(Bloomberg) -- A missile fired by Iranian-backed Yemeni rebels hit a Saudi airport on Wednesday, wounding 26 people and ratcheting up regional tensions just as international efforts to avert escalation get underway.
The projectile hit the arrival section at Abha International airport in the southwest of the country, according to the state-run Saudi Press Agency. Yemen's Houthis said earlier in the day that they had used a cruise missile to target the airport, a claim that couldn't be independently verified.
The rebels have launched dozens of missile attacks on Saudi targets over the past four years. But the unusually-high casualty toll is the latest signal that the group's attacks on the Saudi-led coalition in Yemen are becoming increasingly sophisticated.
A drone strike hit a Saudi Aramco facility hundreds of kilometers away from the Yemeni border last month, prompting the oil company to temporarily shut one of its key pipelines.
Saudi officials said that attack was ordered by Iran, but didn't provide evidence to back their claims. The U.S. has also blamed Iran for sabotaging tankers near the Persian Gulf using naval mines, a claim Tehran denies.
"The Houthi capabilities are getting better," said Elisabeth Kendall, a senior research fellow at Oxford University. "This is one sign of how the war has backfired on Saudi Arabia. It was intended to reduce Iranian influence but instead it has increased it."
The prospects of a showdown between the U.S., its Arab allies on one hand, and Iran on the other, have spiked since the Trump administration stopped granting waivers to buyers of Iranian oil early in May. President Donald Trump withdrew the U.S. last year from a landmark 2015 agreement meant to prevent the Islamic Republic from developing a nuclear weapon.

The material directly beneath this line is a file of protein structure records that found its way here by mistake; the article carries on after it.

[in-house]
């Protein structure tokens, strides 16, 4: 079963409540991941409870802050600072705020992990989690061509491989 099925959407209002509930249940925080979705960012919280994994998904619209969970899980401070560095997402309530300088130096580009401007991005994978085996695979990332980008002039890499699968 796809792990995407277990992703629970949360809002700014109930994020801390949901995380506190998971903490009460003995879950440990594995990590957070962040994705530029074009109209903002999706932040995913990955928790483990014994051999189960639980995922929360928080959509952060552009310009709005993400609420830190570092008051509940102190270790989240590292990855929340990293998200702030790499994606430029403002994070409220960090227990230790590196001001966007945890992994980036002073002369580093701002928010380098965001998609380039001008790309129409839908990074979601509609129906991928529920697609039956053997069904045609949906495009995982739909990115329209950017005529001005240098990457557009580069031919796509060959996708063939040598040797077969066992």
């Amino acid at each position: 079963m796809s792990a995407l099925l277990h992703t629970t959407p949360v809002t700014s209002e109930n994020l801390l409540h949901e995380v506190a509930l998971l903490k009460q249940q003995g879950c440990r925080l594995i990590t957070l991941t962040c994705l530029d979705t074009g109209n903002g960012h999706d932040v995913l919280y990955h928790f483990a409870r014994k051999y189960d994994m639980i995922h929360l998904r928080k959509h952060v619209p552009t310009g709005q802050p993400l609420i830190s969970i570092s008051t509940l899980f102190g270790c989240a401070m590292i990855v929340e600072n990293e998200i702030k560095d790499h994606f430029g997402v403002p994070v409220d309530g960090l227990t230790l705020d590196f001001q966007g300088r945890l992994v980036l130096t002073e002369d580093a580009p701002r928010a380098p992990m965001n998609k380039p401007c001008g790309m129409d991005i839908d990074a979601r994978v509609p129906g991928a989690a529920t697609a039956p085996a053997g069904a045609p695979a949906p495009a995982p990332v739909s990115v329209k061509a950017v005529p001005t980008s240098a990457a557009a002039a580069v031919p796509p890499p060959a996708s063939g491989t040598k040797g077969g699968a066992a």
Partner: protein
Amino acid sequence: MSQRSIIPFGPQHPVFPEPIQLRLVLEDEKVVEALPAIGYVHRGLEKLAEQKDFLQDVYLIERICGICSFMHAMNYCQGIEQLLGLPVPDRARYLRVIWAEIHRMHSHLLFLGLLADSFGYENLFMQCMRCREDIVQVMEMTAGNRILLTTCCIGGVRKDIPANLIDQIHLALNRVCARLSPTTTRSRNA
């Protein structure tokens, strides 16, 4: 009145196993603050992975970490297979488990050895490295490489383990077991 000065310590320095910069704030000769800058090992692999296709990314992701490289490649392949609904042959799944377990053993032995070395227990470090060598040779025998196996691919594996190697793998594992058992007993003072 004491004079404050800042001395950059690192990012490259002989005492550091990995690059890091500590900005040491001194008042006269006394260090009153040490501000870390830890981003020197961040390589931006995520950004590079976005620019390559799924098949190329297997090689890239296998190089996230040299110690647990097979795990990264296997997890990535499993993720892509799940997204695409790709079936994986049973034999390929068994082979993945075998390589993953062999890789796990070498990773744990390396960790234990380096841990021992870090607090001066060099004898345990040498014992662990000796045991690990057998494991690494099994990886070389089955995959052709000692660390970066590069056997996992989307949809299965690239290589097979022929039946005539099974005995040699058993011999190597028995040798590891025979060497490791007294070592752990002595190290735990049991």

Bahrain, a member of the Saudi-led alliance fighting in Yemen, described Wednesday's incident as a "dangerous escalation carried out by Iranian weapons," Foreign Minister Khalid al-Khalifa said on Twitter.
Saudi Arabia's benchmark Tadawul All Share Index trimmed gains after the kingdom's authorities acknowledged the attack. It was trading 0.4 percent higher at 1:18 p.m. local time. The civil aviation authority said the airport was operating normally, the Saudi-owned Al Arabiya television reported around midday.
The incident comes as efforts to defuse the tension between the U.S. and Iran kick into high gear. Japanese Prime Minister Shinzo Abe left for Tehran on Wednesday for talks with top officials in a trip sanctioned by Trump.
(Updates from paragraph 3 with context, Bahrain comment, analyst.)
--With assistance from Abbas Al Lawati.
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